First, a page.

|Range||Amazon Basin, and a second found in forested foothills of the eastern Andes.|
The Amazonian umbrellabird (Cephalopterus ornatus), is a species of umbrellabird in the Cotingidae family. Much larger than the female, the male Amazonian umbrellabird is likely the largest passerine in South America as well as the largest suboscine passerine in the world. Bearded Bellbird
As in the other umbrellabirds, the Amazonian umbrellabird is almost entirely black, has a conspicuous crest on the top of their head, and an inflatable wattle on the neck, which serves to amplify their loud, booming calls. This bird has pale eyes, whereas in most umbrellabirds the eye is black. The undulating flying method of this species is considered quite woodpecker-like, with the lack of white on the umbrellabird's plumage distinguishing it from large woodpeckers it co-exists with. The Amazonian umbrellabird is seen flying usually flying only across openings like over rivers and usually boldly hops branch to branch while in trees.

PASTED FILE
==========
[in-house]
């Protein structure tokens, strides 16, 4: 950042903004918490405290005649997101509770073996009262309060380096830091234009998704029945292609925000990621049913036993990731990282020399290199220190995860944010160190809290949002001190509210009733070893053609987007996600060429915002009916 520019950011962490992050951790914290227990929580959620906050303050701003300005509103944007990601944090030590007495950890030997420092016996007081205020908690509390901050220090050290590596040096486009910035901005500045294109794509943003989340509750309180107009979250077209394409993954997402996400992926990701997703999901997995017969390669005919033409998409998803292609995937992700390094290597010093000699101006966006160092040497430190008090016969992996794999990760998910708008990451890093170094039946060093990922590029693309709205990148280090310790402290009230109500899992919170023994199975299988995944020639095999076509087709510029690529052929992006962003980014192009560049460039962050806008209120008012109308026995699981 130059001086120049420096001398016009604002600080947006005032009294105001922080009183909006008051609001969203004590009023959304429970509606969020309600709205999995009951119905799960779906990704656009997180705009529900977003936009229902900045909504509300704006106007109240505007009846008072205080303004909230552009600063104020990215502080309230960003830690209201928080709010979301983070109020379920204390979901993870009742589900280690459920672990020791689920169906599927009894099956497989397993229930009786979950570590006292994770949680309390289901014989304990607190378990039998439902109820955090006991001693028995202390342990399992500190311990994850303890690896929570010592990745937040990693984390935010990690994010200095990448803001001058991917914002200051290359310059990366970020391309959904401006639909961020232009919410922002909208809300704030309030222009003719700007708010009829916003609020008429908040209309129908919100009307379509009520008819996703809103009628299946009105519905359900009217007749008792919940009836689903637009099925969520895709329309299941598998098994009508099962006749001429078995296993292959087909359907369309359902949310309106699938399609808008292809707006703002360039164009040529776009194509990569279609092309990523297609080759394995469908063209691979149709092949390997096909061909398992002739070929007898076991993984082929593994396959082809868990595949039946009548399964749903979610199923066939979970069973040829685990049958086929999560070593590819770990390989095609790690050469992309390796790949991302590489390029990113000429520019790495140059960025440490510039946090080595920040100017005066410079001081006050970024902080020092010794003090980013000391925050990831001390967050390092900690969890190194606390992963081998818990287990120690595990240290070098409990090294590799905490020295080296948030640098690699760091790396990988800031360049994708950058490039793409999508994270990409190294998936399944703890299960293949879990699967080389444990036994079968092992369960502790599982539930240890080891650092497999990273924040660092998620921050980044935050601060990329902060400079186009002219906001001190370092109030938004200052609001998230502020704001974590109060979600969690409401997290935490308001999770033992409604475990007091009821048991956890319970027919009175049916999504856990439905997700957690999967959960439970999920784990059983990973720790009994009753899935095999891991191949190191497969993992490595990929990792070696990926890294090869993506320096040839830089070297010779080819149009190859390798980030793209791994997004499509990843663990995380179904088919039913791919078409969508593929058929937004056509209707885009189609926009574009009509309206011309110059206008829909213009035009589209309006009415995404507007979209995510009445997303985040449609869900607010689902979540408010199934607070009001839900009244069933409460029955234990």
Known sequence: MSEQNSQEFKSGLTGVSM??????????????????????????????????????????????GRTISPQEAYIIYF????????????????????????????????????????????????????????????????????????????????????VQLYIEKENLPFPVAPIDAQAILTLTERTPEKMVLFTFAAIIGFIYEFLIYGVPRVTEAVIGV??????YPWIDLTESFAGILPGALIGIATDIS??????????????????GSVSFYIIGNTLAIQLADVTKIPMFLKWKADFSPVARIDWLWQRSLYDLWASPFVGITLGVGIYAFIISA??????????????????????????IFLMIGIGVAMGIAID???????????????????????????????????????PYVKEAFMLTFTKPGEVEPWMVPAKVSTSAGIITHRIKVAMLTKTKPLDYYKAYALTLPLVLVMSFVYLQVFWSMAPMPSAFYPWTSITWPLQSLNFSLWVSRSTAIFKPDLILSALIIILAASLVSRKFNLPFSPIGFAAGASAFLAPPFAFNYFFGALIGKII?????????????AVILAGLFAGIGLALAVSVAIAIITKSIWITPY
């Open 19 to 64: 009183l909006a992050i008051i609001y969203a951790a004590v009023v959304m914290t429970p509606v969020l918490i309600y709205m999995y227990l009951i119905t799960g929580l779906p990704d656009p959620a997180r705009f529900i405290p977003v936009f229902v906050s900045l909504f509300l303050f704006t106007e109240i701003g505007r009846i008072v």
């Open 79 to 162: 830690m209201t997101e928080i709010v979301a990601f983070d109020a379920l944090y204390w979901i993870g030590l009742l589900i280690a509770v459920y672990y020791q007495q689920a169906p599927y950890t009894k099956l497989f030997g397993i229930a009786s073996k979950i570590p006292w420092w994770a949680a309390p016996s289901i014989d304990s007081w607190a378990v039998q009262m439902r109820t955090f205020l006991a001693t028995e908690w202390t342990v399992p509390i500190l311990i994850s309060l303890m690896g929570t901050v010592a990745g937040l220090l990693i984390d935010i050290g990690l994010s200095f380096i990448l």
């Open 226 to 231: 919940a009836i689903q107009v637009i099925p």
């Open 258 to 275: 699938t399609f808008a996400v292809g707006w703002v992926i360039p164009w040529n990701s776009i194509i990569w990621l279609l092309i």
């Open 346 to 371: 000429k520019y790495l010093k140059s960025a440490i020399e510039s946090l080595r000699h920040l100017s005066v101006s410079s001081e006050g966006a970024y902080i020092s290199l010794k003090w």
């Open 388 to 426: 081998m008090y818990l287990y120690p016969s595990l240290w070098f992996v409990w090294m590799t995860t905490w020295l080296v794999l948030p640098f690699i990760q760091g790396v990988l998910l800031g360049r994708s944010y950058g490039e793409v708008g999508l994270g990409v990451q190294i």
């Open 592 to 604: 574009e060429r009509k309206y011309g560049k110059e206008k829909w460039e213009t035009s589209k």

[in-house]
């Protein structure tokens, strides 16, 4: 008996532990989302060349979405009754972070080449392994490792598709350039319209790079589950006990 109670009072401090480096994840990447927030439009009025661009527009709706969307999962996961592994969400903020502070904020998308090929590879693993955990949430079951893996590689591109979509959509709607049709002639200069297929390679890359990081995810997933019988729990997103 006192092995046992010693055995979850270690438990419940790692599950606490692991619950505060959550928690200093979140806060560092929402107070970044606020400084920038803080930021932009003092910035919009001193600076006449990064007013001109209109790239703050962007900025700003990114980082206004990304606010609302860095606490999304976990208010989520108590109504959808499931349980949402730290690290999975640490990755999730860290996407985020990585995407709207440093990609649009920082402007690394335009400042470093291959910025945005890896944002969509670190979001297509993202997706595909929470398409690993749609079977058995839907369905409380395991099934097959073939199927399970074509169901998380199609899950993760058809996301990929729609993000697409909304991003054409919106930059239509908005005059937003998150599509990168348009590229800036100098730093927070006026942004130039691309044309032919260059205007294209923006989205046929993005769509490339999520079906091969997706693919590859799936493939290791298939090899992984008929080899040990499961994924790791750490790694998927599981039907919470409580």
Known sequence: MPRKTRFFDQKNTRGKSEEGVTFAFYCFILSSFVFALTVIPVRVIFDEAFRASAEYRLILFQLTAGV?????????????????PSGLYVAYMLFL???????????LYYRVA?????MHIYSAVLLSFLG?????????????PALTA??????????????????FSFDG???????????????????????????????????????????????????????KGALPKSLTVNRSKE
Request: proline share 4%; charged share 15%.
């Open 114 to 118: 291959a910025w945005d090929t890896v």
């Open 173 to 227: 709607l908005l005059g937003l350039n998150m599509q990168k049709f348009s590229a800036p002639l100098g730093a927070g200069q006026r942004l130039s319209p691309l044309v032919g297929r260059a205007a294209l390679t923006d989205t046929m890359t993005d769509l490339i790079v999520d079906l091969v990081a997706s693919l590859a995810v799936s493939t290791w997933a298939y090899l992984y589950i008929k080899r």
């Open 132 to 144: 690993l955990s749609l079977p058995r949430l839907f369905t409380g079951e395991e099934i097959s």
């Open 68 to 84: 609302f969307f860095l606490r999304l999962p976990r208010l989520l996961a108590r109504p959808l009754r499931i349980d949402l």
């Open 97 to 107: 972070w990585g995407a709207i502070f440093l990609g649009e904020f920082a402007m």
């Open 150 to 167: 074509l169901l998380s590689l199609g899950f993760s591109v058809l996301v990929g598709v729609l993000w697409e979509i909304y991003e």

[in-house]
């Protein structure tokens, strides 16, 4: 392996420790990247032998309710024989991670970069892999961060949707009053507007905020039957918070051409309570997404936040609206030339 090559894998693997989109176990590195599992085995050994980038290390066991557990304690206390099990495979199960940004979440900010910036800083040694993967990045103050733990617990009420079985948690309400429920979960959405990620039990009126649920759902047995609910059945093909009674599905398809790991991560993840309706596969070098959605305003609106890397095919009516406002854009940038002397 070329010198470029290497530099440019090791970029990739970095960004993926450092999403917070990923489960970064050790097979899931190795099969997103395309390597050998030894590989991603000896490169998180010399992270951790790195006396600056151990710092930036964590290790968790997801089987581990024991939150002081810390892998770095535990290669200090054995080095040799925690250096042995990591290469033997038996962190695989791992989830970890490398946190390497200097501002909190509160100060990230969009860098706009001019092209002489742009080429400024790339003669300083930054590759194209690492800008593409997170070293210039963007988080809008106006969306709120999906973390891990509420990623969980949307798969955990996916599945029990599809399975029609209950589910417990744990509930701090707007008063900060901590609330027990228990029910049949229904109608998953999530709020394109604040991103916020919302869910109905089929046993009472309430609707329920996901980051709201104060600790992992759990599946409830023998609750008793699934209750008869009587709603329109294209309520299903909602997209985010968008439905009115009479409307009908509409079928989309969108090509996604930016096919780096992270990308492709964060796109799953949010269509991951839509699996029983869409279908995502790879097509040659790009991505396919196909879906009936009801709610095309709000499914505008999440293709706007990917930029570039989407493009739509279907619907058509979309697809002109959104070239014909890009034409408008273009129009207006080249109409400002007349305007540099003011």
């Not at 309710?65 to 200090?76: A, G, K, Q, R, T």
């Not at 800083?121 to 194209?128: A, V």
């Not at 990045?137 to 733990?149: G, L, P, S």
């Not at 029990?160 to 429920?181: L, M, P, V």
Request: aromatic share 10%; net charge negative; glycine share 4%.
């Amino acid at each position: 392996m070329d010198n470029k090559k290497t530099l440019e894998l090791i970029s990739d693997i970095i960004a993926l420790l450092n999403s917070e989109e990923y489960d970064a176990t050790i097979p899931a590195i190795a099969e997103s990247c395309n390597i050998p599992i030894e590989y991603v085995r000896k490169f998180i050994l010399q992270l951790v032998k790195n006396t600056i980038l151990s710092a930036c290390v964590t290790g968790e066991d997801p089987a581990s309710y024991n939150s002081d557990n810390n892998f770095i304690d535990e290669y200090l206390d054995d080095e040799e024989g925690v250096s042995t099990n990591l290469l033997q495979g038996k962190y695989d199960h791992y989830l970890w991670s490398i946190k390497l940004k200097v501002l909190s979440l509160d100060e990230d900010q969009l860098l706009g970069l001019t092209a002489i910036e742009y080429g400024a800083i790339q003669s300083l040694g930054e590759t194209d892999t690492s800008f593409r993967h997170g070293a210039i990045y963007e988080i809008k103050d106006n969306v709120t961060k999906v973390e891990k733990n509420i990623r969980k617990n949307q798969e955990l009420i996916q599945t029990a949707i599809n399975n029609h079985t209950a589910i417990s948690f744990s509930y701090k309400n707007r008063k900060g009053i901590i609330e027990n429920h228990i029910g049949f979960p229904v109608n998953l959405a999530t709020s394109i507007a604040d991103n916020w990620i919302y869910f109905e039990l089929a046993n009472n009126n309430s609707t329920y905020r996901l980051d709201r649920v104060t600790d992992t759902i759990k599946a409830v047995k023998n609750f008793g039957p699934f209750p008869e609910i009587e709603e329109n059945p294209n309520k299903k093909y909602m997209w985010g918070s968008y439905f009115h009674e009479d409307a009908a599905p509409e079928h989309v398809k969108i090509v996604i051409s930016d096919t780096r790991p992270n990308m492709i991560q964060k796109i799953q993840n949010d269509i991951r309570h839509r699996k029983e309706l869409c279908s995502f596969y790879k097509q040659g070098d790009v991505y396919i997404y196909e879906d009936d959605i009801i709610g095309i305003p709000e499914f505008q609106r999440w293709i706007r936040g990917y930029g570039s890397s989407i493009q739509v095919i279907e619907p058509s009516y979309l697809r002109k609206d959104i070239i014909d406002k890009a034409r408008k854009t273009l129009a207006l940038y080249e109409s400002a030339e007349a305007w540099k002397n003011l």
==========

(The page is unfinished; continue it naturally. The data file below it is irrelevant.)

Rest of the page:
This species occurs in two main populations: One found in woodland and forest, mainly near rivers, in the Amazon Basin, and a second found in forested foothills of the eastern Andes. The Amazonian umbrellabird is found variously in small groups, pairs or individually. They are usually seen in or near the canopy but due to their wary behavior and scarcity at open spots they are easily missed for a bird of this size. They are heard in the field more often than they are seen. Fruit and berries are usually preferred but insects, spiders and insect larvae are eaten opportunistically.